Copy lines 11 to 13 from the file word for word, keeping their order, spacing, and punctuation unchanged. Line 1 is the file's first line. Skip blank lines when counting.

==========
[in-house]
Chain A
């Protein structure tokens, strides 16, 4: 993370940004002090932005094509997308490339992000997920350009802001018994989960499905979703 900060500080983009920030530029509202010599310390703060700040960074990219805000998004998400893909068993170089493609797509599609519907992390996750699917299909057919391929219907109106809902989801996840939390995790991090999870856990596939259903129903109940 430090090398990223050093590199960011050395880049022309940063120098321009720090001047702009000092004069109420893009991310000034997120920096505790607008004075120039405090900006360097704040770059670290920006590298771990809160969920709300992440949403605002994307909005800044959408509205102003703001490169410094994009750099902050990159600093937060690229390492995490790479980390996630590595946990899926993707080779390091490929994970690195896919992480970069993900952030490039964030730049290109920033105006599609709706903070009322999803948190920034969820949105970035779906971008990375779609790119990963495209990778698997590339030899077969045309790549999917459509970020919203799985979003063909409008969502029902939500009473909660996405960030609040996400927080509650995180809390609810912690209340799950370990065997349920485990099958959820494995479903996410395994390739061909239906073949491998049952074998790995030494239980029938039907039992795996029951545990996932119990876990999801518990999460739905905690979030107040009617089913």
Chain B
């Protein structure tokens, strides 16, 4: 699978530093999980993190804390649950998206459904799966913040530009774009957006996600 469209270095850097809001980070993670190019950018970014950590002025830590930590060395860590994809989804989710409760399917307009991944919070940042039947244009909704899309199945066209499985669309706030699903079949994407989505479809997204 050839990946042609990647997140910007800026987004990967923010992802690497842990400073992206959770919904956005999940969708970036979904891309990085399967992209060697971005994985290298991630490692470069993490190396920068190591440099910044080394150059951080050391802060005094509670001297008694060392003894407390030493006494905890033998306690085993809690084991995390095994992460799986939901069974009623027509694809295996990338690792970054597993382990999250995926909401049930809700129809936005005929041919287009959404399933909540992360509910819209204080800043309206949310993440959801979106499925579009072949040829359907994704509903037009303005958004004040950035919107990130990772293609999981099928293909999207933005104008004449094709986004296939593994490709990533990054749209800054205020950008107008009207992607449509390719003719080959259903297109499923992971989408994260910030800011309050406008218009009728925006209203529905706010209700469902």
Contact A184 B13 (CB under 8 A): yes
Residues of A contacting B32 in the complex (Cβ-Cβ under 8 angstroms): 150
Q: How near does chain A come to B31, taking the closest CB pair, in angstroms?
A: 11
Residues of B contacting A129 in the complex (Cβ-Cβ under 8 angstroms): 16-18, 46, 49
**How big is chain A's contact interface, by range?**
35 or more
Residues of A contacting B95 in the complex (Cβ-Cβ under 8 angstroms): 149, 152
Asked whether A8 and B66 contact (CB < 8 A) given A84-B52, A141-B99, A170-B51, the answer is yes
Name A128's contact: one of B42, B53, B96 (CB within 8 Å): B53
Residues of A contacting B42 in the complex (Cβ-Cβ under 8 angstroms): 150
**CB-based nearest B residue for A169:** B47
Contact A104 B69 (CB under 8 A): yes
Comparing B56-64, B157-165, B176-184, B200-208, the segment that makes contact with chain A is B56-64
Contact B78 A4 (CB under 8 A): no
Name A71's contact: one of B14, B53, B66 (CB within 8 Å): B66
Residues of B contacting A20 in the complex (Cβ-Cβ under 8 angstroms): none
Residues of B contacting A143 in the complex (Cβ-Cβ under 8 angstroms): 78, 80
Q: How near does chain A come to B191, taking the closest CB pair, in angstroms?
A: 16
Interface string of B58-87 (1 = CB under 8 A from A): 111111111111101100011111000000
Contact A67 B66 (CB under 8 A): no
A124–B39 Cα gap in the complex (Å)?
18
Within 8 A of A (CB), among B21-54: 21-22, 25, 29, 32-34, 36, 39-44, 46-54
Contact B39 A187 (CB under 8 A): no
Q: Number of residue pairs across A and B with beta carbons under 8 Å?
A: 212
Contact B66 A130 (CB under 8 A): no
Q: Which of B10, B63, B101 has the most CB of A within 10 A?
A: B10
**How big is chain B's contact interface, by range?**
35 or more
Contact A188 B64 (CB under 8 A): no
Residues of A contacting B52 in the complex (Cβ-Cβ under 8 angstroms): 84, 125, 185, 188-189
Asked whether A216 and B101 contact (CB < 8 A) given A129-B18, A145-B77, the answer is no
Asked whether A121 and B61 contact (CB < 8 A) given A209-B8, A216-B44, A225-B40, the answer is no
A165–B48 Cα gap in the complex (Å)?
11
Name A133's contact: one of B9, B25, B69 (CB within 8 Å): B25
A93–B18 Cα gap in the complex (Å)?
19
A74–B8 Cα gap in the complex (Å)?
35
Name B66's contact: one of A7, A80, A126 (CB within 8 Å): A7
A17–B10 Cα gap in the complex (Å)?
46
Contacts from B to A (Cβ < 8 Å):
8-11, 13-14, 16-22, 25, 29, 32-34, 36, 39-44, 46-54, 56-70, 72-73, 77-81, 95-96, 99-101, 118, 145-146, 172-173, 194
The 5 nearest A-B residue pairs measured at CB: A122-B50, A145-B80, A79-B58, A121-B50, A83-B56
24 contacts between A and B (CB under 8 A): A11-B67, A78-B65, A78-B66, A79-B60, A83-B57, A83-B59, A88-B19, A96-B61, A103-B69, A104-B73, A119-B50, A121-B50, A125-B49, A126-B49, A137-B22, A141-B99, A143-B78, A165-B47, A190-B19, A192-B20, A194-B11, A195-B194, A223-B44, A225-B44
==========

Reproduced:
**How big is chain A's contact interface, by range?**
35 or more
Residues of A contacting B95 in the complex (Cβ-Cβ under 8 angstroms): 149, 152